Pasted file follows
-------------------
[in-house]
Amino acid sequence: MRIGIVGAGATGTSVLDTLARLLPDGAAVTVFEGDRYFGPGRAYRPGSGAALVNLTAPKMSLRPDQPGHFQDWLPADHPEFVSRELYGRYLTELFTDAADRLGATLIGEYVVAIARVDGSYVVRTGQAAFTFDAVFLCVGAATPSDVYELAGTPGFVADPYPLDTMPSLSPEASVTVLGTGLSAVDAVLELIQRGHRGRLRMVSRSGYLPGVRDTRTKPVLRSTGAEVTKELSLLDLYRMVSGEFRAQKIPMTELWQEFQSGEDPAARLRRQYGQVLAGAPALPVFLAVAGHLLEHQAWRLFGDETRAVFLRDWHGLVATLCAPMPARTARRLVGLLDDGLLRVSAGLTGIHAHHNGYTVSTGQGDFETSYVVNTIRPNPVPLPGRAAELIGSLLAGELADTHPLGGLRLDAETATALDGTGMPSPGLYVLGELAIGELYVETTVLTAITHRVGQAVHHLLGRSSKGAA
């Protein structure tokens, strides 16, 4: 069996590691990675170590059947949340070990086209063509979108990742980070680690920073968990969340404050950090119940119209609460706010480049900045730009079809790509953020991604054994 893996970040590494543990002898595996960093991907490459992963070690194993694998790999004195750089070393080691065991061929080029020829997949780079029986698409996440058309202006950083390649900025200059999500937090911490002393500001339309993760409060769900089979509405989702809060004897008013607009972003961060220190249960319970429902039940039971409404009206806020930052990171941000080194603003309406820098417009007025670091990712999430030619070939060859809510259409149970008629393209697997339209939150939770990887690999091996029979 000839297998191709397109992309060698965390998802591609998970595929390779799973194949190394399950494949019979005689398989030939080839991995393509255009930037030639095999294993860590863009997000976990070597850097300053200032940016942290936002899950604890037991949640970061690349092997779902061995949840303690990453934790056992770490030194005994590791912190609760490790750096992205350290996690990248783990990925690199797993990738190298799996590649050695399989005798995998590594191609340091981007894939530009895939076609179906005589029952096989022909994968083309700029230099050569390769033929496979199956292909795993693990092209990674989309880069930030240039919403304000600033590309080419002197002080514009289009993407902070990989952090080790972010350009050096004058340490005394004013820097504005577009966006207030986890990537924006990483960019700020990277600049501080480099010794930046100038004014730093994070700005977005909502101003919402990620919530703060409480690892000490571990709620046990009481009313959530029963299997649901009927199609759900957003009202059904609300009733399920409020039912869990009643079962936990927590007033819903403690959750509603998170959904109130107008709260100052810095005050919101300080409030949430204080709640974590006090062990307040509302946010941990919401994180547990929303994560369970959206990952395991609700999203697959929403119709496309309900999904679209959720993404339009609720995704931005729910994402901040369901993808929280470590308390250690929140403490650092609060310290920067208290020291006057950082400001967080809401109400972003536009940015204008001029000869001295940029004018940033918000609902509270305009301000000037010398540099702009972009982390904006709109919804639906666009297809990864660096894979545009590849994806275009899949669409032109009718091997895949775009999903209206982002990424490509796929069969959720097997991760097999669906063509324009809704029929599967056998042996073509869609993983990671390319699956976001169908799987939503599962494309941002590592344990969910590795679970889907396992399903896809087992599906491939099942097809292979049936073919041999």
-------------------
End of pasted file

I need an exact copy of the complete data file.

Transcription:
[in-house]
Amino acid sequence: MRIGIVGAGATGTSVLDTLARLLPDGAAVTVFEGDRYFGPGRAYRPGSGAALVNLTAPKMSLRPDQPGHFQDWLPADHPEFVSRELYGRYLTELFTDAADRLGATLIGEYVVAIARVDGSYVVRTGQAAFTFDAVFLCVGAATPSDVYELAGTPGFVADPYPLDTMPSLSPEASVTVLGTGLSAVDAVLELIQRGHRGRLRMVSRSGYLPGVRDTRTKPVLRSTGAEVTKELSLLDLYRMVSGEFRAQKIPMTELWQEFQSGEDPAARLRRQYGQVLAGAPALPVFLAVAGHLLEHQAWRLFGDETRAVFLRDWHGLVATLCAPMPARTARRLVGLLDDGLLRVSAGLTGIHAHHNGYTVSTGQGDFETSYVVNTIRPNPVPLPGRAAELIGSLLAGELADTHPLGGLRLDAETATALDGTGMPSPGLYVLGELAIGELYVETTVLTAITHRVGQAVHHLLGRSSKGAA
């Protein structure tokens, strides 16, 4: 069996590691990675170590059947949340070990086209063509979108990742980070680690920073968990969340404050950090119940119209609460706010480049900045730009079809790509953020991604054994 893996970040590494543990002898595996960093991907490459992963070690194993694998790999004195750089070393080691065991061929080029020829997949780079029986698409996440058309202006950083390649900025200059999500937090911490002393500001339309993760409060769900089979509405989702809060004897008013607009972003961060220190249960319970429902039940039971409404009206806020930052990171941000080194603003309406820098417009007025670091990712999430030619070939060859809510259409149970008629393209697997339209939150939770990887690999091996029979 000839297998191709397109992309060698965390998802591609998970595929390779799973194949190394399950494949019979005689398989030939080839991995393509255009930037030639095999294993860590863009997000976990070597850097300053200032940016942290936002899950604890037991949640970061690349092997779902061995949840303690990453934790056992770490030194005994590791912190609760490790750096992205350290996690990248783990990925690199797993990738190298799996590649050695399989005798995998590594191609340091981007894939530009895939076609179906005589029952096989022909994968083309700029230099050569390769033929496979199956292909795993693990092209990674989309880069930030240039919403304000600033590309080419002197002080514009289009993407902070990989952090080790972010350009050096004058340490005394004013820097504005577009966006207030986890990537924006990483960019700020990277600049501080480099010794930046100038004014730093994070700005977005909502101003919402990620919530703060409480690892000490571990709620046990009481009313959530029963299997649901009927199609759900957003009202059904609300009733399920409020039912869990009643079962936990927590007033819903403690959750509603998170959904109130107008709260100052810095005050919101300080409030949430204080709640974590006090062990307040509302946010941990919401994180547990929303994560369970959206990952395991609700999203697959929403119709496309309900999904679209959720993404339009609720995704931005729910994402901040369901993808929280470590308390250690929140403490650092609060310290920067208290020291006057950082400001967080809401109400972003536009940015204008001029000869001295940029004018940033918000609902509270305009301000000037010398540099702009972009982390904006709109919804639906666009297809990864660096894979545009590849994806275009899949669409032109009718091997895949775009999903209206982002990424490509796929069969959720097997991760097999669906063509324009809704029929599967056998042996073509869609993983990671390319699956976001169908799987939503599962494309941002590592344990969910590795679970889907396992399903896809087992599906491939099942097809292979049936073919041999």